Music that has inspired my fantasy novel ‘Graynelore’ (2)

As a fantasy author, when it comes to my influences they are many and varied and are just as likely to come from art, music, or popular culture as they are to come from any literary or imagined source.
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I’ve already talked about the origins of my unifauns in Graynelore; how they are characters inspired by a lyric in a song by the rock band, Genesis. However there’s another song from another band that has haunted me over the years, ultimately becoming the inspiration for Dingly Dell, the homeland of Rogrig Wishard; the reiver, anti-hero and narrator of Graynelore.What was the band? Lindisfarne. What was the song? ‘Dingly Dell’ (of course). Written by singer/songwriter, Alan Hull, it’s the title track from Lindisfarne’s 1972 album of the same name.

Lindisfarne are famous for their enormous crowd-pleasing songs, with highlights that include; ‘Fog on the Tyne’, ‘Clear White light’, ‘Meet Me on the Corner’, ‘Lady Eleanor’ and the like. Their musical sound is an interesting brew; a kind of folk-rock, just occasionally, edging towards progressive rock. If neither label truly does them justice. Alan Hull is one of my favourite songwriters: his thoughtful, poignant, ‘Winter Song’ being my most favourite of all.

Among Lindisfarne’s many songs then, sits ‘Dingly Dell’. When I first heard it, back in 1972, it truly cast a spell upon me. With a spare, musically sparse verse, that is both haunting and lyrical, it finally lifts and broadens out into a truly magical chorus line… Only to end again with pathos, and an almost fey-like organic silence. It’s a beautiful, mesmerising song, both for its music and its lyrics. If I could choose a theme tune from this period of music to go along with Graynelore, this would be it.

The air of haunting beauty, the feeling of almost spiritual loss, the fey, other-worldly nature – the very magic – says it all for me. So, there we have it. And that is why you’ll find Dingly Dell in Graynelore.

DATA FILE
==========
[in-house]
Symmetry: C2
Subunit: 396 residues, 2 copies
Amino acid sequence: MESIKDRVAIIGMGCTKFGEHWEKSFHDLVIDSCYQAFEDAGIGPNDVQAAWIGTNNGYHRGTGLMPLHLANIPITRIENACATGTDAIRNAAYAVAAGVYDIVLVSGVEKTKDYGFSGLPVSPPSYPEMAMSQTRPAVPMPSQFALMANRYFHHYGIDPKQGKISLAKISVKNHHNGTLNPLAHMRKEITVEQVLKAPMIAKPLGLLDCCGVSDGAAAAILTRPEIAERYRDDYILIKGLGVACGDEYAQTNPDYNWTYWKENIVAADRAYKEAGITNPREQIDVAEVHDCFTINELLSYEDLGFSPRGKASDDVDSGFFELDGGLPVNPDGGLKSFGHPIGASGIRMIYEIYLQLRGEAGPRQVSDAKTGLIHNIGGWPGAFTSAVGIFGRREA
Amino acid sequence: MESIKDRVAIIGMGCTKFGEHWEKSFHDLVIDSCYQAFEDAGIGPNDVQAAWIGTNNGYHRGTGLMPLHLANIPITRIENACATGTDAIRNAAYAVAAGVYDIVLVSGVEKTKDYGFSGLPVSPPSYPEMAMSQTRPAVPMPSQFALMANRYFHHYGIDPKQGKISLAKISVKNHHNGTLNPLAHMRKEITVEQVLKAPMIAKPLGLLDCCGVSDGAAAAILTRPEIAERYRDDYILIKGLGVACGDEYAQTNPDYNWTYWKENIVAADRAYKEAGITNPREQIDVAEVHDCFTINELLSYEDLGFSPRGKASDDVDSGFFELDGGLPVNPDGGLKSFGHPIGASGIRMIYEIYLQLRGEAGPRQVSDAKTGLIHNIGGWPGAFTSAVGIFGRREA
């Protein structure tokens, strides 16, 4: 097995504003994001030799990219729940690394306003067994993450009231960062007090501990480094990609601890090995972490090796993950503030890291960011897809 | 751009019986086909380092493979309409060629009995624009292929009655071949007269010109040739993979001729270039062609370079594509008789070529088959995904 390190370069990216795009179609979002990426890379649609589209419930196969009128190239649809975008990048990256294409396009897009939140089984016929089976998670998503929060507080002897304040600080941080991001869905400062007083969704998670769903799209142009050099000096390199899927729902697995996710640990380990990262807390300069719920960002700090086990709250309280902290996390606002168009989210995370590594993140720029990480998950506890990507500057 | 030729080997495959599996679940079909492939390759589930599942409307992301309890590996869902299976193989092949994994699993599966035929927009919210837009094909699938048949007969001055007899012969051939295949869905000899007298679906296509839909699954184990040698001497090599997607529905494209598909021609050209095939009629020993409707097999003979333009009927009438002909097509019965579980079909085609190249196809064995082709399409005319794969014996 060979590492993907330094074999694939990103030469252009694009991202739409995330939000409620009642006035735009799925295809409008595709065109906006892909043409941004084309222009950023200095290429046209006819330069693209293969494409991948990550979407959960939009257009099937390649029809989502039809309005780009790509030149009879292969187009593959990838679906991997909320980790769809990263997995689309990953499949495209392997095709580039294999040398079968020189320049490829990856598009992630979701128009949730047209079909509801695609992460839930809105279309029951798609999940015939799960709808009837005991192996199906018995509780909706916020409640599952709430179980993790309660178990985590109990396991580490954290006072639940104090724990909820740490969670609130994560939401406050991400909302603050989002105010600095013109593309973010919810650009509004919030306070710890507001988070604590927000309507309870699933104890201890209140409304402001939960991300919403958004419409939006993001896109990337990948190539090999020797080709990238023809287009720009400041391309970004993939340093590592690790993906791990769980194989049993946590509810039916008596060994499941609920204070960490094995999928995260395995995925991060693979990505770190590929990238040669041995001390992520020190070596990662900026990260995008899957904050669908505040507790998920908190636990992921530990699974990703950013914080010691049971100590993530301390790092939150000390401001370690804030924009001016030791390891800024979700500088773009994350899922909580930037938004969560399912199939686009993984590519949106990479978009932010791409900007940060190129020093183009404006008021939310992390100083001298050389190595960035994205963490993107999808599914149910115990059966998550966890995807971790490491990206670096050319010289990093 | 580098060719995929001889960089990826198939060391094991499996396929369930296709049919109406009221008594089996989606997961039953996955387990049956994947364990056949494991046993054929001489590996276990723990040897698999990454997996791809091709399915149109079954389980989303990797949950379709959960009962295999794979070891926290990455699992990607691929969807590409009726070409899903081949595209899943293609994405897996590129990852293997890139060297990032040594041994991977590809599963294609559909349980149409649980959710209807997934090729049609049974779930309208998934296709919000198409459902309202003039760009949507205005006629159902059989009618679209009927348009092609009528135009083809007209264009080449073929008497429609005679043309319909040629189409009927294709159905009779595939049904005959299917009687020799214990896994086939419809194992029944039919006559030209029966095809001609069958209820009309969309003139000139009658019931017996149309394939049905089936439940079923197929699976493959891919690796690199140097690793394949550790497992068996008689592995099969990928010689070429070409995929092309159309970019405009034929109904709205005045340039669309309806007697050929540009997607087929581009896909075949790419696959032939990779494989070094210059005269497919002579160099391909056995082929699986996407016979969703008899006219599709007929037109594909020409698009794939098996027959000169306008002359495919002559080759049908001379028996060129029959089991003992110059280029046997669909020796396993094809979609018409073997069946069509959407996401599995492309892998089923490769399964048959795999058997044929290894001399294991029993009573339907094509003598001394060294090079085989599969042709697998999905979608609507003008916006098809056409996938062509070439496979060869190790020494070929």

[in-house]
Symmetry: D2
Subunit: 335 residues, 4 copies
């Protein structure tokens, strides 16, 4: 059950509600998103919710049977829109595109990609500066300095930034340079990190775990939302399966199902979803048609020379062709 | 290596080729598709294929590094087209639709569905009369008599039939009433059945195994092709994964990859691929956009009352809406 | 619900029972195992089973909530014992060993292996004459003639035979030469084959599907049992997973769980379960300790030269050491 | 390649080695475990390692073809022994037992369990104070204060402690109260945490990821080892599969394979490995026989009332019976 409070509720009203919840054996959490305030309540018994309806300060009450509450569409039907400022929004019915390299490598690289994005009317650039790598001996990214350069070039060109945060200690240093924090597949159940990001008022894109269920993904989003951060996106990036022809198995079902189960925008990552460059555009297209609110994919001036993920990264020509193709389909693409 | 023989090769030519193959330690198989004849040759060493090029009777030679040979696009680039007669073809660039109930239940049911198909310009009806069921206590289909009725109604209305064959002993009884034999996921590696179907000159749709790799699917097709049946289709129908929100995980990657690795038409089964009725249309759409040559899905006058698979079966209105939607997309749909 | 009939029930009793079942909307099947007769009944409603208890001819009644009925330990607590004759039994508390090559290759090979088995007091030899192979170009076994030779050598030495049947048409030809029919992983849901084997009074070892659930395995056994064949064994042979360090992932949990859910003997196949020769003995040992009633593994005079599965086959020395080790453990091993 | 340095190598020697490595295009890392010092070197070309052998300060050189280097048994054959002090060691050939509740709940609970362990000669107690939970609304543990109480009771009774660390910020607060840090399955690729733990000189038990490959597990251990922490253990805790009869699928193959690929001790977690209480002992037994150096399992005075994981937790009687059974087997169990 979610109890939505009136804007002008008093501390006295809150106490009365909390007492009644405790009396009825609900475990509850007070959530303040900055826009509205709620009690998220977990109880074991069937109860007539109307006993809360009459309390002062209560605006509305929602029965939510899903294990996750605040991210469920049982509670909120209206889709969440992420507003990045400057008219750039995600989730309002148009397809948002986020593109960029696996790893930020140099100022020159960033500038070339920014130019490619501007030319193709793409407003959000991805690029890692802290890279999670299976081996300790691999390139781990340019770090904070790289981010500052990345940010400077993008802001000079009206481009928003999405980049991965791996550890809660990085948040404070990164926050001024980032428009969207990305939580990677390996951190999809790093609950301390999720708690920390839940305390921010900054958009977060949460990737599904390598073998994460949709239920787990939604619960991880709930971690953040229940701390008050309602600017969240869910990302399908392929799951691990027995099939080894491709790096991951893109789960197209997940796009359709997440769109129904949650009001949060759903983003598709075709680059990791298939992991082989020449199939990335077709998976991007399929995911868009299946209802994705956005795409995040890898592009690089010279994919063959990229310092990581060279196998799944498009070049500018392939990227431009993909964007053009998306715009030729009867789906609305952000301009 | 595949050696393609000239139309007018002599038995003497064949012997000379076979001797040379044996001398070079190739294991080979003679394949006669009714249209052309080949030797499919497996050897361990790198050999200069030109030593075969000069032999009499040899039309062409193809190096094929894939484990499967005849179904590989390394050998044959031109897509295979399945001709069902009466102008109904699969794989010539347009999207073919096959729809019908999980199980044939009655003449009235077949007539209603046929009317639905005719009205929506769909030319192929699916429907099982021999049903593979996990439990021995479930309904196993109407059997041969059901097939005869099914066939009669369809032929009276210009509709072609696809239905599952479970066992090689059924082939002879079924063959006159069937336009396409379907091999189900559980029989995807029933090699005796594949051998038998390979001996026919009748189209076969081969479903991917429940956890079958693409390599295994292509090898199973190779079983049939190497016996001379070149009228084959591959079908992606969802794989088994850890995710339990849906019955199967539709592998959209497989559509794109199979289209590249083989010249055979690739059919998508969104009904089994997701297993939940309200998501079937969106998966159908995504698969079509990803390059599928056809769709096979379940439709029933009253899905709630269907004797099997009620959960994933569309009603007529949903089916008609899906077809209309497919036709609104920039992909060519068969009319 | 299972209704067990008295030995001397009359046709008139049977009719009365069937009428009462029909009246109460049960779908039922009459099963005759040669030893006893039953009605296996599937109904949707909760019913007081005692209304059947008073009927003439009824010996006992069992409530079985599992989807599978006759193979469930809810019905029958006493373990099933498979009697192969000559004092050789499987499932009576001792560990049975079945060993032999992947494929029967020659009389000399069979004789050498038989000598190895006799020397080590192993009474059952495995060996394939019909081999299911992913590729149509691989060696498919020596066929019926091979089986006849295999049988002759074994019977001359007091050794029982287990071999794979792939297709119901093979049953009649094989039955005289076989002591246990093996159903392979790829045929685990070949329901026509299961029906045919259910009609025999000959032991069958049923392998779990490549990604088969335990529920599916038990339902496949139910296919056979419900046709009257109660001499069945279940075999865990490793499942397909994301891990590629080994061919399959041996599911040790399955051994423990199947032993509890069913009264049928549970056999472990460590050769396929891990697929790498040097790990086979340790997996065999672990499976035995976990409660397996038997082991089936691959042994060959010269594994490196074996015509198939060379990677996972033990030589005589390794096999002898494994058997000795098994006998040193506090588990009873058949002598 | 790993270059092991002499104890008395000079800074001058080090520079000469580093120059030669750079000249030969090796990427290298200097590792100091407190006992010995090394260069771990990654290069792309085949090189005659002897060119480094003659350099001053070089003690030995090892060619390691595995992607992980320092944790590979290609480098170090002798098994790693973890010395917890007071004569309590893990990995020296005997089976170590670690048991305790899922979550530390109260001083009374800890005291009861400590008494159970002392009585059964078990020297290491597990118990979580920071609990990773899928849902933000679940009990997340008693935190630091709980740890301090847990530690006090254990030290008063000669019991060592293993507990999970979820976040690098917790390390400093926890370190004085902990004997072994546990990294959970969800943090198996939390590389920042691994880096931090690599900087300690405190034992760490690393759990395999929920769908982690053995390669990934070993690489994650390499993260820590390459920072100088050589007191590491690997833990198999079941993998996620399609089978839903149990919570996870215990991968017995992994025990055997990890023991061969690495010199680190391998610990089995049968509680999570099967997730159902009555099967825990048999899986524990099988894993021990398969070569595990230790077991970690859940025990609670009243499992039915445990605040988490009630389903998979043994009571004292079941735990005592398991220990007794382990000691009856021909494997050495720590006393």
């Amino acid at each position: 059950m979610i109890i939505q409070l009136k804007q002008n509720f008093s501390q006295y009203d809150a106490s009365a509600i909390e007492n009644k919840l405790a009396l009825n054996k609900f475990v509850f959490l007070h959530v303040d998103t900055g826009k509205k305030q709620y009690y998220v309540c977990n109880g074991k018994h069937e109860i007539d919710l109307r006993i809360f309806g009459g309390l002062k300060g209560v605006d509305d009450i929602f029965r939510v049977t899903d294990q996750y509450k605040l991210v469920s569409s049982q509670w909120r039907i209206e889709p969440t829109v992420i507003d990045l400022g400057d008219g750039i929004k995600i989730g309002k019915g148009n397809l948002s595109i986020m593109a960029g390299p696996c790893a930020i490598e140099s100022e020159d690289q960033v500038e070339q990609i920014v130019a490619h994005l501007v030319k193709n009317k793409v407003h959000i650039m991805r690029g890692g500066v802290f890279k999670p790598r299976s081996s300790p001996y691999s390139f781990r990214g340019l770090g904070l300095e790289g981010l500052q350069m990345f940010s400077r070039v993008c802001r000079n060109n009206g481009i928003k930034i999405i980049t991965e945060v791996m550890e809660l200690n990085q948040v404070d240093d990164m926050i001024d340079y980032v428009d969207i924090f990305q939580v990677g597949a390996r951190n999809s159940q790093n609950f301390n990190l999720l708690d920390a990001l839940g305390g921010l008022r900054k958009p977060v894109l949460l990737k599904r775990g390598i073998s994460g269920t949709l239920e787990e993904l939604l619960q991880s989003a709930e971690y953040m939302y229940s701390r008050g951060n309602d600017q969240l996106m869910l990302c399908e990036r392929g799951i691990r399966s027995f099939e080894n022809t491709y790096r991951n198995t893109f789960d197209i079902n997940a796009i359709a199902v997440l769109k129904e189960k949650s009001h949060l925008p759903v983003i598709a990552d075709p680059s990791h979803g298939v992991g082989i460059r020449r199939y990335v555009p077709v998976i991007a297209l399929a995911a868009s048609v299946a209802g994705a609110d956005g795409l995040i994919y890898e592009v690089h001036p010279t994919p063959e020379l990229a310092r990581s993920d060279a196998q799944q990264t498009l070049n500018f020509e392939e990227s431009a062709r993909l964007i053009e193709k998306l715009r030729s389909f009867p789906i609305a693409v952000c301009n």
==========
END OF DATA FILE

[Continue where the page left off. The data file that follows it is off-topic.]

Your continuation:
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Graynelore

GRAYNELORE, published by HarperVoyager. Available from:

Amazon.co.uk   HarperCollins   Barnes & Noble   Amazon.com   wordery.com

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Music that has inspired my fantasy novel ‘Graynelore’ (1)

“Can you tell me where my country lies?” said the unifaun to his true love’s eyes.”

These enigmatic lyrics are the first line from the song, ‘Dancing with the Moonlit Knight’, a track on the 1971 Genesis album ‘Selling England by the Pound’. (A personal favourite of mine, it has accompanied me for most of my adult life.)

My influences, as a fantasy author, are many and varied, and are just as likely to come from art, music, or popular culture as they are to come from any literary or imagined source. This particular song lyric has always intrigued me. Images of folklore and faerie abound in the early prog-rock music of bands such as Genesis. But what on earth is a unifaun and where did it come from? As far as I’m aware there is no unifaun in any existing story or traditional folk tale. I have always assumed that the lyricist (Peter Gabriel) was simply playing with words, and brought together, unicorn and faun to create a new word of his own making: unifaun. It’s a wonderful creation which has stayed with me ever since I first heard the song. As a fantasy author, I have been waiting for the day when I might include a unifaun in one of my fantasy worlds, and that is why you will find unifauns in GRAYNELORE…

In fact, two of my most favourite characters in GRAYNELORE are my unifauns; Sunfast and Fortuna. They are glorious fey creatures, who, in human form, are sensual beauties in the extreme. Instinctively a pair, in their natural state they have cloven hooves, a main of finely braided goat’s hair, and a single golden horn. Their story – not to give too much away – is poignant, and essential to the central plot of the book.

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Graynelore

GRAYNELORE, published by HarperVoyager. Available from:

Amazon.co.uk   HarperCollins   Barnes & Noble   Amazon.com   wordery.com

What’s prog rock got to do with my books?

I recently spent a brilliant night watching the prog rock band ‘Yes’, who are in the middle of a world tour. (And live music being one of my favourite things.) What has that got to do with my books?Well, I’m often asked about my influences. So, take a look at my “Spilling the Magic” – first published 1996 – where you’ll find the amazing landscape of Murn, with its ninety seven multi-coloured floating mountains. The inspiration for which came, in part at least, from my memories of the superb illustrations of Roger Dean, creator of the logos and artwork for many of the ‘Yes’ albums during the 1970’s… my growing-up years. I remember going to a lecture given by Roger Dean – I was probably about 17 at the time – and seeing, first hand, many of his original illustrations. It’s always stayed with me, though it would be at least another twenty years before I began to write…
Spilling the Magic by Stephen          Moore